According to DHL, this unusual blend of transportation modes is not just cleaner but faster and more efficient than the more normal choices. Aside from London, DHL is exploring similar combinations of land and waterway use in places like Amsterdam and Venice. However, the best results to date have been recorded in London, especially in terms of transit time. The riverboat service is the latest addition to GoGreen, DHL’s group-wide environmental protection programme whose broader focus extends beyond deliveries in the Last Mile zone.

When in Rome… pick up the garbage

Whilst the DHL example shows advances in delivery times and efficiency, there are other ways in which logistics needs to make a contribution to city life. Our previous Last Mile article described a pan-European initiative called CITYLAB. This project focused on last-mile deliveries, not just in terms of effectivity but with regard to reducing urban waste, encouraging loaded return trips and increasing recycling efforts.

Poste Italiane

In Rome, the goal was to establish a circular recycling system.

In Rome, which was one of the seven ‘test labs’, the goal was to establish a circular recycling system. Waste would be picked up by Poste Italiane, the local postal service, with integration of direct and return flows. Waste management is not the only difficult challenge for this busy Italian city, so the aim of the pilot extended to minimising road congestion and emissions as well as enhancing recycling of urban waste. Its simple idea was that Poste Italiane should deliver mail and parcels using its electric vehicles and then collect recyclable waste on the return trip.

The project proved to be technically feasible and sustainable, with each of these round trips avoiding the emissions of a separate vehicle journey. At the same time, however, it was only applied on a small scale. For city-wide implementation, several further obstacles need to be overcome. In particular, it requires a network of many locations from which the recyclable waste can be easily collected. On a positive note, the temporary pilot scheme has resulted in a permanent organisation called TRElab which will try to roll out the project on the desired large scale.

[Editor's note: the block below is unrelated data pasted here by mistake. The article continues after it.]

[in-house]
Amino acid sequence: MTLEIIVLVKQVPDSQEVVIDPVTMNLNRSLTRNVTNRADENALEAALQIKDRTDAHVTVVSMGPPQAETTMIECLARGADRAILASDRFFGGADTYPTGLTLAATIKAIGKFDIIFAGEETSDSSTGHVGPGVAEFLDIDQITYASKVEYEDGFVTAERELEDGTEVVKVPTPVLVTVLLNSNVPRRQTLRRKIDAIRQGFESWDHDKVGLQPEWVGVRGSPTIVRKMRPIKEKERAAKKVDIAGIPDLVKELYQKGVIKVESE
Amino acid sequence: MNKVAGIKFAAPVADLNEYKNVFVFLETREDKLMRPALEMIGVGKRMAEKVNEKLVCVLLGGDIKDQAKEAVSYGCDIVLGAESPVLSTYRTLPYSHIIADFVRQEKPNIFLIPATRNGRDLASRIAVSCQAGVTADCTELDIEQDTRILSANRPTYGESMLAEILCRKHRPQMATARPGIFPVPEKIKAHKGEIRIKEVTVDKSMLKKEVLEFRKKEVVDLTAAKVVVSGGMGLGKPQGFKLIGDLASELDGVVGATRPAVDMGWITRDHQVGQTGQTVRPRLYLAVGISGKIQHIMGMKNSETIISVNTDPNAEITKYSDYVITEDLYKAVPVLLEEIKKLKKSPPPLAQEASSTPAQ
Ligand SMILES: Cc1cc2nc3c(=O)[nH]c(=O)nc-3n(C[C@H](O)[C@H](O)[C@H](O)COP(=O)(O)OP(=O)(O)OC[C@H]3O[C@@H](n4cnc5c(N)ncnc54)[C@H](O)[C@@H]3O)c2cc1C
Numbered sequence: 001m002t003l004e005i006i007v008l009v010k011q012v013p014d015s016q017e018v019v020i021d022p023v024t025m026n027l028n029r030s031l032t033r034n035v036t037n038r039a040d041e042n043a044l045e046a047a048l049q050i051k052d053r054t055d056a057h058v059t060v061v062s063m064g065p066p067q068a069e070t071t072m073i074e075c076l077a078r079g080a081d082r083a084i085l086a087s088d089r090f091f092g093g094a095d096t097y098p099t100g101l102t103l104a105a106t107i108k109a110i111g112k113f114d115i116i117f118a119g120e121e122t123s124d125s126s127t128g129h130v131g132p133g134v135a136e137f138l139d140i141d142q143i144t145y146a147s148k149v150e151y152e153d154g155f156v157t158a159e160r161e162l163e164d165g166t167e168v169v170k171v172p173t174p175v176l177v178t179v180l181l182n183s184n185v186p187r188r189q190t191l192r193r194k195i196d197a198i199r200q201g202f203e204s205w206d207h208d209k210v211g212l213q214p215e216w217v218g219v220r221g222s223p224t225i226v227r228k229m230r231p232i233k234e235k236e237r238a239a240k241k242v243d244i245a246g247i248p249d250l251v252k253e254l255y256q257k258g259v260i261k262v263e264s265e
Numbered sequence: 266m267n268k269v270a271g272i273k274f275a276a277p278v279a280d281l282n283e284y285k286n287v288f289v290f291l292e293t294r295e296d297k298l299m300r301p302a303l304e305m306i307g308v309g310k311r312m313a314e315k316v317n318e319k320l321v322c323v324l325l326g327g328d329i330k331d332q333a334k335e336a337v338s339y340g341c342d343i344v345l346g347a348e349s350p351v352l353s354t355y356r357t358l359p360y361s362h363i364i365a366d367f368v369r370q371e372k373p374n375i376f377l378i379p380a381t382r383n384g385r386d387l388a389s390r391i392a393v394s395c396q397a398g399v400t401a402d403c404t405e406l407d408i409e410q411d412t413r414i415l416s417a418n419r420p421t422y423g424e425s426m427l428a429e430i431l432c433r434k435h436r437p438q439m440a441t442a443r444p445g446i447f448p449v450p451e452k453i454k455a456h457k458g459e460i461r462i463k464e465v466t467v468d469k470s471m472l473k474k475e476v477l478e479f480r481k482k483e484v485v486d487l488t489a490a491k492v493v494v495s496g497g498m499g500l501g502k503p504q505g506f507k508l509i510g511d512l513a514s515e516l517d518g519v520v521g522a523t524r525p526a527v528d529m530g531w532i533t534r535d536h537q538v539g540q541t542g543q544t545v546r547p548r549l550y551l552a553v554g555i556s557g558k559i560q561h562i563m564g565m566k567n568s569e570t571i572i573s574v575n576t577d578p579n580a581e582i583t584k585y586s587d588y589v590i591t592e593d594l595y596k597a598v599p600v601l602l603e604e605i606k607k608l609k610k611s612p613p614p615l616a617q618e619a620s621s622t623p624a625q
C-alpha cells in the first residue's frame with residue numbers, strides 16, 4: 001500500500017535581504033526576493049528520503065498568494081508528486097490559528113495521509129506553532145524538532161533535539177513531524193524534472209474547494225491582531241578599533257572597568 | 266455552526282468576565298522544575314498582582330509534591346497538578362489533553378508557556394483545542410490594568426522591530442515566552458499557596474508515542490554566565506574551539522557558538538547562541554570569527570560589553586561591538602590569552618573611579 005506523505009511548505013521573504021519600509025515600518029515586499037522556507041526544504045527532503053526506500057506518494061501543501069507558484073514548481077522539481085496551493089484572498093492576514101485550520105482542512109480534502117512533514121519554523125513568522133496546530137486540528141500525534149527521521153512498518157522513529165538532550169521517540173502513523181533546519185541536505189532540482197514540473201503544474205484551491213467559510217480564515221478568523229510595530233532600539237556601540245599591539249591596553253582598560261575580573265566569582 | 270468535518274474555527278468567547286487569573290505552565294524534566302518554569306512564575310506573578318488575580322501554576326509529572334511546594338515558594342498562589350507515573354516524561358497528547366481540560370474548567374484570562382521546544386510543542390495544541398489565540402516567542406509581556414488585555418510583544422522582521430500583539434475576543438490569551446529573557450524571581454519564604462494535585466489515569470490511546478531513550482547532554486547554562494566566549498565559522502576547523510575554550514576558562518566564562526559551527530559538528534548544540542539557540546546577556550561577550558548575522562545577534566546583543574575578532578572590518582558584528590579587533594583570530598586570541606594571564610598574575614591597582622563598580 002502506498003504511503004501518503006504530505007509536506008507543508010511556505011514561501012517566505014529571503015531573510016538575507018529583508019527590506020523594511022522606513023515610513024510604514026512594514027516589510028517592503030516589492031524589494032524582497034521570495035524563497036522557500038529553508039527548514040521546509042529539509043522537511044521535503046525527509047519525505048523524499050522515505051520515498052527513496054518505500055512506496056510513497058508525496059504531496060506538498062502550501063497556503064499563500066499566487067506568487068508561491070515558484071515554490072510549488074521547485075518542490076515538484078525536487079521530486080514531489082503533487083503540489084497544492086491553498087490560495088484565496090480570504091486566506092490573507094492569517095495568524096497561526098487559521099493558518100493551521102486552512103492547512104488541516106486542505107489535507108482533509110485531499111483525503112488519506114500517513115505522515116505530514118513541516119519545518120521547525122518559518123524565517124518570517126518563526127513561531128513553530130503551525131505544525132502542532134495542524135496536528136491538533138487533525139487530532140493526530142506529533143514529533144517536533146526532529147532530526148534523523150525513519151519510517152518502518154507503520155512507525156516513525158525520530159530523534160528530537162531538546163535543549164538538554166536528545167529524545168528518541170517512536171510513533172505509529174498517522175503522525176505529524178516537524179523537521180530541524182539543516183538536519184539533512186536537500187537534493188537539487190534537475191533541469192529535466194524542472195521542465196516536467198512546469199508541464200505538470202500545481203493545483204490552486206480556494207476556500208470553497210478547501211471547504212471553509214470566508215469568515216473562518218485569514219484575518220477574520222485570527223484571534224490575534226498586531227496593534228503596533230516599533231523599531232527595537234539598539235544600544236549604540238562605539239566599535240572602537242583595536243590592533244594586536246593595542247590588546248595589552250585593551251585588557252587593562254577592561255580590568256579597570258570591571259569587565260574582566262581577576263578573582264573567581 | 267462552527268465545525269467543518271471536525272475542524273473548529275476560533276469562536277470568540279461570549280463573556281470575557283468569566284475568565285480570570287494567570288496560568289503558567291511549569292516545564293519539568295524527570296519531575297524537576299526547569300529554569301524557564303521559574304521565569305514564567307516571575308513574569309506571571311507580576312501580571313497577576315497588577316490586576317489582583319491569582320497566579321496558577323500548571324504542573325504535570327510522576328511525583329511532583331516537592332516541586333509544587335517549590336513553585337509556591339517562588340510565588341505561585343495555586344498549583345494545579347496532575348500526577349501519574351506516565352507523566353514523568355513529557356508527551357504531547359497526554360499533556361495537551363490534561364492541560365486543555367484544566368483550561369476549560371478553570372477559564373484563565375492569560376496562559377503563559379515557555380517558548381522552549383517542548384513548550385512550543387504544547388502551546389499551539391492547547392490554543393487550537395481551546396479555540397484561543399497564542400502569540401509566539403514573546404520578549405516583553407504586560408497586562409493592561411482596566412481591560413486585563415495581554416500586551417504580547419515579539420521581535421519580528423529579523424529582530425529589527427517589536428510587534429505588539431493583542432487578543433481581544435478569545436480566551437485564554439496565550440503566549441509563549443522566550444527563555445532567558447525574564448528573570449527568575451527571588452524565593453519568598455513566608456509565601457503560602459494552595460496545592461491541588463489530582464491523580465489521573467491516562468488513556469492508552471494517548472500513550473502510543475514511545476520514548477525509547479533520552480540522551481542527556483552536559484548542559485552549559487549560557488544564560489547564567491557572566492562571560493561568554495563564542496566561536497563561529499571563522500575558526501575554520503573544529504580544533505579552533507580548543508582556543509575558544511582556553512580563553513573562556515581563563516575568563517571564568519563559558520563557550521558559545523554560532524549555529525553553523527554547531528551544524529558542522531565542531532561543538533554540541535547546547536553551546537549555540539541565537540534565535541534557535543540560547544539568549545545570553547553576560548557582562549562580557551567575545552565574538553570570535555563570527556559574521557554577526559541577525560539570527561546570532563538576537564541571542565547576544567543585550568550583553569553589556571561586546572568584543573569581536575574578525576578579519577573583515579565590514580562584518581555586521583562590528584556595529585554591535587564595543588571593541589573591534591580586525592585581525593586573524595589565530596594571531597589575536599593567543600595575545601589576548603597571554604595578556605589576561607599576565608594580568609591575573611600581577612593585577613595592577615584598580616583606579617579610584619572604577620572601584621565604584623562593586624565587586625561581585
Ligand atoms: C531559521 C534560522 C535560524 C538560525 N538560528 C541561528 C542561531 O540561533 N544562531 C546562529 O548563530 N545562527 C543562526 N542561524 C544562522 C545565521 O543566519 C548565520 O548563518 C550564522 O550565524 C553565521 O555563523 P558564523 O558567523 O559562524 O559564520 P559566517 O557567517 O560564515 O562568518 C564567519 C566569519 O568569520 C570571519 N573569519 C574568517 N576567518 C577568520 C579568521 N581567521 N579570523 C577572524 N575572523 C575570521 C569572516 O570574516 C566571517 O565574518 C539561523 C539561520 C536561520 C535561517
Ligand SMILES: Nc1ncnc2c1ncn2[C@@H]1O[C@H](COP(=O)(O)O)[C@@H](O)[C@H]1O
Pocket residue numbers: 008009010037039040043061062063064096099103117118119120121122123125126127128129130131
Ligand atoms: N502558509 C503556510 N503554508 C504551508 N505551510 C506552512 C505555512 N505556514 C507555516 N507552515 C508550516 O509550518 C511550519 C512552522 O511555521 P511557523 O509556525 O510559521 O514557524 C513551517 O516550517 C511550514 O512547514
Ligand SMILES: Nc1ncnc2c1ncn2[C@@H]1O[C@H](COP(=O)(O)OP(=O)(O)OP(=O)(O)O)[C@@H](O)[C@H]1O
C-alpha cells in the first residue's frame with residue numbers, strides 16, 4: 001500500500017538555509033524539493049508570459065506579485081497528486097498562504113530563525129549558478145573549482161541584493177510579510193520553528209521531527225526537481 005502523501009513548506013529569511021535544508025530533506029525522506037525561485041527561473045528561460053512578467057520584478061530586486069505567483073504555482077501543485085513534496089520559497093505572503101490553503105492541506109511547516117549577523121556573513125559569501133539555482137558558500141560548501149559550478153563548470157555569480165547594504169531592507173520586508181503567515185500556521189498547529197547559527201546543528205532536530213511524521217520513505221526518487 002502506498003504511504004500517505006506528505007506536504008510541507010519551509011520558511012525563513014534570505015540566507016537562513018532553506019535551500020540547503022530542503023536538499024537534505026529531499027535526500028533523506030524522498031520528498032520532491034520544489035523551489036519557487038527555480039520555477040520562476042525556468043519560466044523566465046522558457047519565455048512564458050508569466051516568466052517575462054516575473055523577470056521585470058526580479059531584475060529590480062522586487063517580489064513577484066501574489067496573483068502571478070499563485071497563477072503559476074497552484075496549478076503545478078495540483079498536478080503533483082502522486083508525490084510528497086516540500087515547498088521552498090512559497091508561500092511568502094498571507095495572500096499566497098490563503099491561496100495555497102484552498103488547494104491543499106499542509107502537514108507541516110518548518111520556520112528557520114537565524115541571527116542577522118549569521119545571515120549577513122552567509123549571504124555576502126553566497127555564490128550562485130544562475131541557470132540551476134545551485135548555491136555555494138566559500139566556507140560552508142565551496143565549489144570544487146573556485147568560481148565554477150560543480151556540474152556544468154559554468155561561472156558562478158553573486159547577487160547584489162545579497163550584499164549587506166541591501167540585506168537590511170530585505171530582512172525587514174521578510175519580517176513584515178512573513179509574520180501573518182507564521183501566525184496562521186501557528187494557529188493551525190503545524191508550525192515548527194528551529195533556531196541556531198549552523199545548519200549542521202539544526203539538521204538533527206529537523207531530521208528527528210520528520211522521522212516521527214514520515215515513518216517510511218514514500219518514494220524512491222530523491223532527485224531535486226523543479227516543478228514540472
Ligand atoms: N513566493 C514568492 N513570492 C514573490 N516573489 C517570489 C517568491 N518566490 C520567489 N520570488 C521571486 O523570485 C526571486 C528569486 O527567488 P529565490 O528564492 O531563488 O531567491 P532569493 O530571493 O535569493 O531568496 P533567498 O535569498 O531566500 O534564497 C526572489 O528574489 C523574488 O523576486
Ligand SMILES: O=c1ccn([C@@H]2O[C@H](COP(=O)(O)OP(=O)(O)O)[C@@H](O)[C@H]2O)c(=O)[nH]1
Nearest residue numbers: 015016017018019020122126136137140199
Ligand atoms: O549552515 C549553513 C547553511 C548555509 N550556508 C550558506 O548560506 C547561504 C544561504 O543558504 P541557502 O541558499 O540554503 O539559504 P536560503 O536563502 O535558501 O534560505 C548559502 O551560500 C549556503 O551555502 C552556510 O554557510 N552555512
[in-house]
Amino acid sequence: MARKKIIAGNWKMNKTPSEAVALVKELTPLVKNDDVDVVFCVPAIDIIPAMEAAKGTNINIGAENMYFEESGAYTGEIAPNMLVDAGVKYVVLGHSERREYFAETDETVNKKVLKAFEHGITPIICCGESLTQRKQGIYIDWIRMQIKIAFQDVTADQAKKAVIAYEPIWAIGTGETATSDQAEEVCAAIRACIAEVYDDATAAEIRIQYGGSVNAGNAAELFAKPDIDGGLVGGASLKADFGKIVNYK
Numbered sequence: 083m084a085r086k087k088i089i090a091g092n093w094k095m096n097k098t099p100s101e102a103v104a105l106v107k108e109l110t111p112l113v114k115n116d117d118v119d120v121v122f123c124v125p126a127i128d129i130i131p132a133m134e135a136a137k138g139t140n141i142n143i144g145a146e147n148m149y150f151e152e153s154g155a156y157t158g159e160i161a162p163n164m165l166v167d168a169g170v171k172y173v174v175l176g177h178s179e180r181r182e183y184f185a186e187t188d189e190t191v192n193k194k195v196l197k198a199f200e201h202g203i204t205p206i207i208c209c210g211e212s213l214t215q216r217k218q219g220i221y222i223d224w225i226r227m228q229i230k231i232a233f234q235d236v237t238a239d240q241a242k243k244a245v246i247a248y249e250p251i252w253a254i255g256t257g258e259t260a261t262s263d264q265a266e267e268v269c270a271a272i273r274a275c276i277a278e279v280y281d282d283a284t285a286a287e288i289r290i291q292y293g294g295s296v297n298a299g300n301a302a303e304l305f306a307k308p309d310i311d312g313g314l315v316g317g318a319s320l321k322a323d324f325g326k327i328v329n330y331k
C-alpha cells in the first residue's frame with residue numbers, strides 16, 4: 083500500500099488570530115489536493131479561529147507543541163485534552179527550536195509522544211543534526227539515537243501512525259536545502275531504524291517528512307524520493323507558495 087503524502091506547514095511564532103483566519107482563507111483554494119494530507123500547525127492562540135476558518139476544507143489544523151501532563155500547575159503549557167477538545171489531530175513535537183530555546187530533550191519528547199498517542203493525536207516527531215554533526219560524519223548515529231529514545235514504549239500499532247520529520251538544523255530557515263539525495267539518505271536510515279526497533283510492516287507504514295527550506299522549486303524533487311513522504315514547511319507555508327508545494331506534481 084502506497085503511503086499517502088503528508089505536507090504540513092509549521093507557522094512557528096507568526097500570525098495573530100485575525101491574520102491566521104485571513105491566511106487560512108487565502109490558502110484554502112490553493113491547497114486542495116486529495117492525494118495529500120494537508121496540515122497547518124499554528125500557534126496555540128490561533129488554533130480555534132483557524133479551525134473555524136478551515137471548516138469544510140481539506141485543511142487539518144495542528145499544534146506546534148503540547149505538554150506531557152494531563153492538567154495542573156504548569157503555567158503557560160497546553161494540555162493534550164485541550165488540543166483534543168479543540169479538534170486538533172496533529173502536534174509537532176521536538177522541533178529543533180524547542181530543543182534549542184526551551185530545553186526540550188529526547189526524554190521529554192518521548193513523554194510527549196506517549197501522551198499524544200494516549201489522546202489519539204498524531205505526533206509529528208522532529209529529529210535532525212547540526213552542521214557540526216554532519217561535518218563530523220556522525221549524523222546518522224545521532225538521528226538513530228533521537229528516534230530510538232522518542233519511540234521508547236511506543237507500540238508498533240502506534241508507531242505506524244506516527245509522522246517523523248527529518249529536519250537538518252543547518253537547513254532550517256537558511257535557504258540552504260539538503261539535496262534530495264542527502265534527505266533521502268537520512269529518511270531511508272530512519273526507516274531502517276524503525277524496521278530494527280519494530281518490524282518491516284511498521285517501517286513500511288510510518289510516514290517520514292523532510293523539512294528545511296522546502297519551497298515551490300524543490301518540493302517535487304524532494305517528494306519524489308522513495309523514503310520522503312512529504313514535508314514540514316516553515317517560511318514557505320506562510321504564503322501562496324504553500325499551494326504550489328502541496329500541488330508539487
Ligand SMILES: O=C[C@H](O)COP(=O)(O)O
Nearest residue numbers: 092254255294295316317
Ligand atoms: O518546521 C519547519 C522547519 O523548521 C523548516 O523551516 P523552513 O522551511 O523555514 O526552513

Green technology

DHL’s GoGreen programme, mentioned earlier, aims to reduce all logistics-related emissions associated with the company’s activities. One way to achieve this is to develop and build upon new technologies. Good examples include standalone parcel pick-up machines, where customers can collect their online-ordered goods and even temperature-controlled groceries. These can be thought of as miniature automated warehouses with one exit/entry point. Located near to a convenience store, or in a shopping mall, they do not need to be manned. Their main advantage is that customers can pick up their orders 24/7.

The Last Mile remains a big challenge for logistics professionals. Large problems of congestion and pollution still need to be solved, while the race continues to deliver goods into cities in a more efficient and sustainable way. On the other hand, electric vehicles are becoming more common and we are seeing effective combinations of new, greener technologies. The dedication of logistics companies to such developments gives us great optimism for the future of urban distribution.